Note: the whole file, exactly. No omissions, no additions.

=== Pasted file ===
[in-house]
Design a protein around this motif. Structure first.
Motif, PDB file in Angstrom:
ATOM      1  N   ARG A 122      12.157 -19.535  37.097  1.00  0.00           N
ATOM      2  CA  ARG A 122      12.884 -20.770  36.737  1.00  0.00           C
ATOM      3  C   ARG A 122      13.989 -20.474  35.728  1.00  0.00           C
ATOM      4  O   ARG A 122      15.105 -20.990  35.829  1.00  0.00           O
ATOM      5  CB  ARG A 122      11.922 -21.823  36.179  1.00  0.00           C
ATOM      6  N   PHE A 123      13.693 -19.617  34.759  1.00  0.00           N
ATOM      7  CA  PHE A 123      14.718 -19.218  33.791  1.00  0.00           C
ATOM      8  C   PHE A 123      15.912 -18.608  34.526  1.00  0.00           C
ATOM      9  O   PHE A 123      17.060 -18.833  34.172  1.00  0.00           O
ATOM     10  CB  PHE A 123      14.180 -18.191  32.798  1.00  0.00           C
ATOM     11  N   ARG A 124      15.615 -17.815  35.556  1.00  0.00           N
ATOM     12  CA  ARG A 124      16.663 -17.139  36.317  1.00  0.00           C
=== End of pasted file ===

[in-house]
Design a protein around this motif. Structure first.
Motif, PDB file in Angstrom:
ATOM      1  N   ARG A 122      12.157 -19.535  37.097  1.00  0.00           N
ATOM      2  CA  ARG A 122      12.884 -20.770  36.737  1.00  0.00           C
ATOM      3  C   ARG A 122      13.989 -20.474  35.728  1.00  0.00           C
ATOM      4  O   ARG A 122      15.105 -20.990  35.829  1.00  0.00           O
ATOM      5  CB  ARG A 122      11.922 -21.823  36.179  1.00  0.00           C
ATOM      6  N   PHE A 123      13.693 -19.617  34.759  1.00  0.00           N
ATOM      7  CA  PHE A 123      14.718 -19.218  33.791  1.00  0.00           C
ATOM      8  C   PHE A 123      15.912 -18.608  34.526  1.00  0.00           C
ATOM      9  O   PHE A 123      17.060 -18.833  34.172  1.00  0.00           O
ATOM     10  CB  PHE A 123      14.180 -18.191  32.798  1.00  0.00           C
ATOM     11  N   ARG A 124      15.615 -17.815  35.556  1.00  0.00           N
ATOM     12  CA  ARG A 124      16.663 -17.139  36.317  1.00  0.00           C